Sunday, 21 July 2013

Toy Story Trilogy - the meaning

The final segment of Pixar’s generation-spanning Toy Story trilogy has rightly attracted a great deal of praise for pulling off the rare feat of making a heart warming film that stays just the right side of sentimental without ever veering into histrionics or cliché. A number of theories have sprung up on what the stories themselves actually symbolise. In The Guardian, respected film critic Peter Bradshaw suggests that the discarding of one’s childhood toys represents our mordant fear of being rejected by our own children in our twilight years.

Elsewhere, some people seem to think it’s an endorsement of the pro-life, Papal approved side of 21st centuryliving.

With the kind of what the heck enthusiasm I used to reserve for swallowing shit E’s in the 1990’s, I’ve decided to throw my own two pennorth into the ring. Never mind the fact that with my paltry A-level in Film Studies (grade A, suck on that Kermode) and a knowledge of cinema summed up by only six visits to the pictures (the pictures!!) this century, I’m as well-qualified to comment on film theory as Martine McCutcheon is on the Korea crisis. That doesn’t matter. For, as Simon Cowell surely said of Amanda Holden, “qualified, schmalified”

My theory is basically that Toy Story is essentially a film about the mortality of masculinity. It’s a theory that evolved over a number of half-drunken minutes contemplating the marketing possibilities of my almost-written film Titantric, in which Leonardo Di Caprio fucks a boat for hours without coming. Don’t tell me that won’t work, he’s in a film where he walks around in people’s heads right now. Ludicrous. And don’t tell me you’ve never found yourself looking longingly at a catamaran and found yourself in a need for a cold compress.

Basically, how it works is this. Andy is the modern American male in crisis, we barely hear him talk but we do hear the voice of that most recognisably Everyman of contemporary American culture, Tom Hanks. Tom is the voice of a cowboy, Woody. Now we can all go on about Woody representing some kind of homespun version of traditional Americana but he’s not. Woody is a penis. He’s Andy’s favourite toy in the first film, always playing with him. But what comes along to threaten his love of playing with his old chap. Buzz Lightyear. Buzz is drink, Buzz is drugs. Buzz is the distraction, the shiny new plaything. Andy  goes from thinking about his old chap all day to reaching for the stars. There’s probably something important here about all of this being meta-textual and what have you but I’m on a roll now, this bong is starting to kick in and you’ll just have to bear with me.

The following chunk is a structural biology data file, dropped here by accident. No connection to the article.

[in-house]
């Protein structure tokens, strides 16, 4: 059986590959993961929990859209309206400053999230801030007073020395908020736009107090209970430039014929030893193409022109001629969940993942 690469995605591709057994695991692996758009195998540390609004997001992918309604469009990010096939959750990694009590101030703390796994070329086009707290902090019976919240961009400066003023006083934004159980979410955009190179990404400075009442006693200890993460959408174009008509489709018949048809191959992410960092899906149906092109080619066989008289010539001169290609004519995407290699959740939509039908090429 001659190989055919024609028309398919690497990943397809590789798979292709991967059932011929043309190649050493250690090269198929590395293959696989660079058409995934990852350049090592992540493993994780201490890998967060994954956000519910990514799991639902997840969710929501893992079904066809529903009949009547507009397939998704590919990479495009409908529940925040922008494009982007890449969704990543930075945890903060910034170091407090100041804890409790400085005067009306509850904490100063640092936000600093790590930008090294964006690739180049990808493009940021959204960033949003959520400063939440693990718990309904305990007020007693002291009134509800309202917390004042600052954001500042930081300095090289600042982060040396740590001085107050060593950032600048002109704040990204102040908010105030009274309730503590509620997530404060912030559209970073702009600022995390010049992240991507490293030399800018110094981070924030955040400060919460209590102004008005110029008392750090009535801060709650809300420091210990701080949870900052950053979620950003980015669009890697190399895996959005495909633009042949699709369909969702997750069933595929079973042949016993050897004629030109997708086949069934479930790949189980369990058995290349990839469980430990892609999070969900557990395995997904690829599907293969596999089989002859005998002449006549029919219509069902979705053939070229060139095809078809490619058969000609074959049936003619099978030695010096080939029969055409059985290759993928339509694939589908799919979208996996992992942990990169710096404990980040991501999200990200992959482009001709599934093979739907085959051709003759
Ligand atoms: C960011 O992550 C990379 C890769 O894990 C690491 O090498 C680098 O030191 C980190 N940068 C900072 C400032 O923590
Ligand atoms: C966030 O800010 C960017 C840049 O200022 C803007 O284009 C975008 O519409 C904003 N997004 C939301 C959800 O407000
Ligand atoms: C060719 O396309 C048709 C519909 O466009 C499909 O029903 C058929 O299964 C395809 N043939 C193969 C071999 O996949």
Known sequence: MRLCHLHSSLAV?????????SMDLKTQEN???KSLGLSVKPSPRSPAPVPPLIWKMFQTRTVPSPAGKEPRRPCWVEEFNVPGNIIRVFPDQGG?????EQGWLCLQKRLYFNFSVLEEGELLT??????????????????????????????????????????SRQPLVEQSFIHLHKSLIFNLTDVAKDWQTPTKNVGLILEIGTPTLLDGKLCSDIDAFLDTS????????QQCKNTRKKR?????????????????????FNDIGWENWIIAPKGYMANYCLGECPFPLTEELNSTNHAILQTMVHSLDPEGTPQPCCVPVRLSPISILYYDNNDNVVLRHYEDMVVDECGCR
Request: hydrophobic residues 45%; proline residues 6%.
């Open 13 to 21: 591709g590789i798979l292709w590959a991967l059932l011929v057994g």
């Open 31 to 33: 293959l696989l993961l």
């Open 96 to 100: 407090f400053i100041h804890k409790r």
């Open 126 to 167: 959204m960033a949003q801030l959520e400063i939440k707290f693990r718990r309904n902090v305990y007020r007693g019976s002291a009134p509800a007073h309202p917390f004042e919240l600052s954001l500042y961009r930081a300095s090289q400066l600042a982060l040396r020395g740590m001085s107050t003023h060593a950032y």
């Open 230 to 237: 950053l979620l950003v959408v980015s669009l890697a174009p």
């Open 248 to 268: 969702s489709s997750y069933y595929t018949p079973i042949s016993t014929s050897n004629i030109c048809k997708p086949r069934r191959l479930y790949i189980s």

Woody’s not physically attached to Andy but he might as well by, his dilemmas all spring from separation from his owner. Fear of castration and all that, a fear better symbolised by Woody’s continual losing of the hat. Yeah, yeah it’s Indiana Jones again I know but Indy’s hat symbolised a longing for being buttfucked. I read it in Take A Break. When Woody loses his hat, it’s a metaphor for being castrated.

Buzz is so clearly a cipher for hedonism. Like the erectile pun of Woody, Buzz’s name springs from the spine-tingling adrenalin rush one can only get from sitting around in the same clothes for five days straight smoking something you think might have been called “Summer Storm” but are now beginning to wonder if he didn’t actually say “Domestos”. Who in all three adventures goes mad, Buzz does. Buzz is the one who most clearly wrestles with his ego, his id. Buzz is the one who gets to go all Mexican, express his feminine side, and of course, convince himself of his ability to fly. He’s a space cadet.

Back in a sec, I just kicked over some Lilt. Fuck it, I’ll do it tomorrow.

The trilogy is basically still a story about growing up but it’s not so much the transition from childhood to maturity, as the rite of passage we must all make in between impregnating our first wanksock and gassing ourselves in a garage before the grandchildren come round for tea. It’s the hell of domesticity that Woody and the gang find themselves in constant battle with, despite the fact that that gang contains Mr and Mrs Potato Head whose love for each other is depicted in an endless display of self-harm, accidental disfigurement and transubstantive tortilla-based shape shifting. Suck on that, Mike Leigh, suck on that.

Anyway, that’s it. Andy’s toys represent all the conflicting fun urges he could be acting upon. Apart from Woody and Buzz, there’s cars (Bullseye), girls (Jessie), munchies (Ham), erm green dinosaurs. Look, I know I’m right. Science is just what they think they know and all that. And the journeys the toys make in each film represent the various forces stopping Andy from getting as much drunken action as he can be. In the first film they have to escape from the neighbours (SOCIETY) the second they have to escape from a wicked businessman (WORK) and the last, they have to escape other toys (PEER PRESSURE). When Andy says goodbye to the toys, it is a genuinely sad moment, because Andy is basically finished as a human being. He’s off to college. He’s off to get a mortgage, a middle management job with Pepsi Burger. His life is over. Cry much? I know I did.

And where's Andy's dad in all this? That's right, he's absent. Missing, presumed extinct, like those other great American male icons - the cowboy and the astronaut.

Next week, I’ll be discussing The Cannonball Run with a view to expounding on my theory that Burt Reynolds moustache grew thicker and more lustrous after Deliverance and that’s because he basically liked the squeal piggy bum rape stuff.

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